Direct Mail Tips with Land Trust

awesome direct mail piece

The Land Trust for Tennessee has several fundraising events throughout the year, including Once in A Blue Moon, a party at Glen Leven Farm that includes food, entertainment, drinks, boots, bonfire and bluegrass. Like many events, Once in a Blue Moon uses direct mail to increase awareness and attendance. If you don’t know a lot about direct mail, here are 6 tips you should follow.

Direct Mail Tip 1: Send multiples

A key fundamental of marketing is multiple touch points. Thus, it helps to send a couple direct mail pieces or to use a direct mail piece combined with a follow-up email. Land Trust decided to send two letters: a save the date card and the invitation. The save the date card should follow the same general design and layout as the invitation, but with less information. It should be a teaser to get people excited about the event.

Save the Date card

Save the date front

cool save the date card

Save the date card back

Cool Invitation

Invitation

Direct Mail Tip 2: Make your envelope unique.

It’s no surprise that people receive a lot of mail – most of it “junk mail.” The success of a direct mail campaign hinges on the audience opening the envelope before it gets thrown in the trash. Knowing this, Land Trust decided to splurge on the envelopes and use vellum as the material of choice. Vellum, as you can see from this picture, is transparent. It stands out from the other white envelopes in a stack of mail and piques readers’ interest.

Vellum envelope

Vellum envelope

Custom envelope

Custom envelope

Another benefit of vellum envelopes is its design potential. As you can see in the photo below, it appears as if a moon crescent is shining through the envelope, going along with the “Once in a Blue Moon” theme. You can also see the illusion of a starry sky and the date of the event on the bottom right corner.

See through envelope

Stuffed custom envelope

Direct Mail Tip 3: Invitation presentation

Once you have piqued a reader’s interest, it’s important to retain it. This is where the invitation design and layout comes in. Land Trust used a ticket and a ticket sleeve to tell a small story. As you pull out the ticket, it shows four different moon stages with the sentence “Events like this happen only once in a blue moon.” It’s so clever! And as you can see from the sleeve, the design is simple enough that it makes the “story” and important details pop.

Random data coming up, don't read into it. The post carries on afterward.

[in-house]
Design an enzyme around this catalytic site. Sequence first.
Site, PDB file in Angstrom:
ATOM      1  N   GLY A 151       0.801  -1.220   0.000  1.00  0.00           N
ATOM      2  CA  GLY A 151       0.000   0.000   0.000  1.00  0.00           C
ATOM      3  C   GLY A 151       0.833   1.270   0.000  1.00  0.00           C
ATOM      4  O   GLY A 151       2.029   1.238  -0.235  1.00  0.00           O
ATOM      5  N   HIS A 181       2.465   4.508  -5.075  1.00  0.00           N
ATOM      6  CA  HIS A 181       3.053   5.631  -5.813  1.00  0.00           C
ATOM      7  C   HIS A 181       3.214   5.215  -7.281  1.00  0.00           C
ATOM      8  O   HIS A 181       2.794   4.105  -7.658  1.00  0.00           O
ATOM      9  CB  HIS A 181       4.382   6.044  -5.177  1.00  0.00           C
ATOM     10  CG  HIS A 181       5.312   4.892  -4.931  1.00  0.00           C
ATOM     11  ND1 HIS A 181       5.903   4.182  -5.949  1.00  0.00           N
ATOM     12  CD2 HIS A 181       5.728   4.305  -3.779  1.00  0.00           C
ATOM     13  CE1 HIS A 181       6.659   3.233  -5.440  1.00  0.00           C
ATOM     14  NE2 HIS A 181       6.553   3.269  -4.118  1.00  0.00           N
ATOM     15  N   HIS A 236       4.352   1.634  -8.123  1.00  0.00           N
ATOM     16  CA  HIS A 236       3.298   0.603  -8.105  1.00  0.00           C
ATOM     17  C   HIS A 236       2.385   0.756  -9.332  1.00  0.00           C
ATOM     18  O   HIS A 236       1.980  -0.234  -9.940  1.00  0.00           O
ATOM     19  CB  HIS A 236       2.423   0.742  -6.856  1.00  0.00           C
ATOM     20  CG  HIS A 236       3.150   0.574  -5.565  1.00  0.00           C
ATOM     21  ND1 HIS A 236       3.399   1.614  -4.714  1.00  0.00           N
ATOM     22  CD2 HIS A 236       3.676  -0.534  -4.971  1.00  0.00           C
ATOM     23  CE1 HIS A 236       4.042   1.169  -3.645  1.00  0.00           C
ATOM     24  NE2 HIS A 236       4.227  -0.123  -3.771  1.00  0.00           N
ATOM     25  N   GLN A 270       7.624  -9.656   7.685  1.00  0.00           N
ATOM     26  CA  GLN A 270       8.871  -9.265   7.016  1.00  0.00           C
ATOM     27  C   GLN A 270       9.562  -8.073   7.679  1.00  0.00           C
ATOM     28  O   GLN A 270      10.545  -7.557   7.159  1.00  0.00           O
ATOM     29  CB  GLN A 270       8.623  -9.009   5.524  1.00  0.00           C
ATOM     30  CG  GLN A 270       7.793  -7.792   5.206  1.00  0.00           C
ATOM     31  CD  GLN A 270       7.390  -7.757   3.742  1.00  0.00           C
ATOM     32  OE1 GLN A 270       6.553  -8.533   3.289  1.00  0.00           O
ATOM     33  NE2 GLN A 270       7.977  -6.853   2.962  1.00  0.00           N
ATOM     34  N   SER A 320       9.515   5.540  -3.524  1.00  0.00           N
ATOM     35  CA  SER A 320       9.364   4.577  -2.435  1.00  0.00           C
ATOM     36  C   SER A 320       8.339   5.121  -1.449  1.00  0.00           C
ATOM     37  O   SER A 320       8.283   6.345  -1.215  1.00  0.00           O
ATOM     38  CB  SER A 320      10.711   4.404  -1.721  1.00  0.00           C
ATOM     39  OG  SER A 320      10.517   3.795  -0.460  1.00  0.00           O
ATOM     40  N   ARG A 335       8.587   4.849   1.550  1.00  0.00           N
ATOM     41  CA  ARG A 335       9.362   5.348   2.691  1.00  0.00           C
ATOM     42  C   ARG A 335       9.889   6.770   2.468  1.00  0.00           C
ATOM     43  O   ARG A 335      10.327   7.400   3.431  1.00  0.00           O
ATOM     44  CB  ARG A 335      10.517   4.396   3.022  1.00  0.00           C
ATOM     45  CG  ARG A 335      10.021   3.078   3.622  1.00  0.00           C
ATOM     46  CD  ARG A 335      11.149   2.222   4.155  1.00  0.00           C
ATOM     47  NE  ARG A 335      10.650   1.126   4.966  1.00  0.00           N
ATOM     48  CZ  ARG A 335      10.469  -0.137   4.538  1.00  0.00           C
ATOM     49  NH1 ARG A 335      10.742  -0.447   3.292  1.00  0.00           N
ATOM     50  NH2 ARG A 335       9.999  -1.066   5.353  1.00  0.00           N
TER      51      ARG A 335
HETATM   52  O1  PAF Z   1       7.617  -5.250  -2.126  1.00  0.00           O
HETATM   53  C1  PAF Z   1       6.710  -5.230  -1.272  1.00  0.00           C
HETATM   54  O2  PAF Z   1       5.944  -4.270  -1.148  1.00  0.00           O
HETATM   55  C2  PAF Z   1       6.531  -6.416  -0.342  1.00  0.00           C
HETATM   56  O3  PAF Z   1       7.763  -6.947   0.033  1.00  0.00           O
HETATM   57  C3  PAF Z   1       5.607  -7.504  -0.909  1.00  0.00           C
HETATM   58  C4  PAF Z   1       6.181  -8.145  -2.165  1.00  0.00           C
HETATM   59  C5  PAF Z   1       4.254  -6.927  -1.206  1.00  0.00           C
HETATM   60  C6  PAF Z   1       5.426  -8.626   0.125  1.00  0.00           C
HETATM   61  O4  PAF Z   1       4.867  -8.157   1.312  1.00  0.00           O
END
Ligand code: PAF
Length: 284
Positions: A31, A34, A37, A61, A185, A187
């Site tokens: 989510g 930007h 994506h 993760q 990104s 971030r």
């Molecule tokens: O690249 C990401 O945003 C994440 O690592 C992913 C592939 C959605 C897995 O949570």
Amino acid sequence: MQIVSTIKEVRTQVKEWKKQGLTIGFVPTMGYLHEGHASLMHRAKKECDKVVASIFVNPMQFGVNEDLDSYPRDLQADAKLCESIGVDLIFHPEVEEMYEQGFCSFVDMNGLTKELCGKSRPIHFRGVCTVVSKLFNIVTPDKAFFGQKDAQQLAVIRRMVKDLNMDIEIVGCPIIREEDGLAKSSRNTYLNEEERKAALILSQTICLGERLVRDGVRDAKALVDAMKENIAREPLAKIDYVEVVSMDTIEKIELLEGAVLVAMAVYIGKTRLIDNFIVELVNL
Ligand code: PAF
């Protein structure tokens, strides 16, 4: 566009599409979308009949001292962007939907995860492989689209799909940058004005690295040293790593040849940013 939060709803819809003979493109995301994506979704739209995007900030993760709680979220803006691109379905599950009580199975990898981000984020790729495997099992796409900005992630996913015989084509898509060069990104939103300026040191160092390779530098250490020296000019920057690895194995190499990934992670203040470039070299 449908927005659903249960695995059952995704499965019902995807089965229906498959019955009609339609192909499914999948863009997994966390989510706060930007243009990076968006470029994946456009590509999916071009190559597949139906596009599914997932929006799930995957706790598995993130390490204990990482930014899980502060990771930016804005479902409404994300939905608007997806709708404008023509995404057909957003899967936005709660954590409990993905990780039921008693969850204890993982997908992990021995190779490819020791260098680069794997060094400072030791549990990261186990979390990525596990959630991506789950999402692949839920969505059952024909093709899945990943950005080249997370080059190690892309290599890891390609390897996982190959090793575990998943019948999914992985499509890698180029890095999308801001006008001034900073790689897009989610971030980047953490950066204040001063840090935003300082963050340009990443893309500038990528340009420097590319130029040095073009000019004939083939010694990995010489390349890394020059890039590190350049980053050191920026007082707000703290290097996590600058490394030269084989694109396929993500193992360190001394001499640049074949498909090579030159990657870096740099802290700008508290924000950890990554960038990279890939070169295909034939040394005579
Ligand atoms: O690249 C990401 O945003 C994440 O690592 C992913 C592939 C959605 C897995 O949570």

Cool invitation

Invitation: Part 1

cool invitation

Invitation: Part 2

cool direct mail

Invitation: Part 3

Invitation: Part 3

Invitation: Part 4

To see how the opening process of the invitation, watch this short GIF.

Direct Mail Tip 4: Follow the 40/40/20 rule

The 40/40/20 rule of direct marketing (and thus direct mail) is a formula for success that most businesses try to follow. The adage is that 40 percent of your direct marketing success depends on your audience, 40 percent depends on your offer, and 20 percent depends on everything else, such as design and layout.

This isn’t to say that you shouldn’t worry about design – you definitely should. But it is just as important to create a carefully targeted audience that will respond to your offer.

For more details on the 40/40/20 rule, visit this blog.

Direct Mail Tip 5: Make the CTA simple.

Once you have targeted the perfect audience, induced them to open your direct mail piece and delivered an enticing offer, it is crucial to make the call to action simple and convenient. People are busy, and they want to take you up on the offer only if it is convenient for them. Thus, Land Trust enclosed a return mailer with check boxes – super easy for readers to send. There is also a sign up link on Land Trust’s event page, if people would rather sign up that way.

Call to action

Call to action (RSVP card)

Direct Mail Tip 6: Use a good printer (us, obviously)

Yes, we are the best printer of all time, obviously. But for those of you in California who don’t want to use a vendor that far away, make sure to use a nice printer. You can spend all the time and money on the design as you want, but if the quality of the paper is sh****, none of it matters. Also, some printers will stamp and mail your direct mail pieces out for you, saving you valuable time.

But seriously.. who wouldn’t want to work with these awesome people?!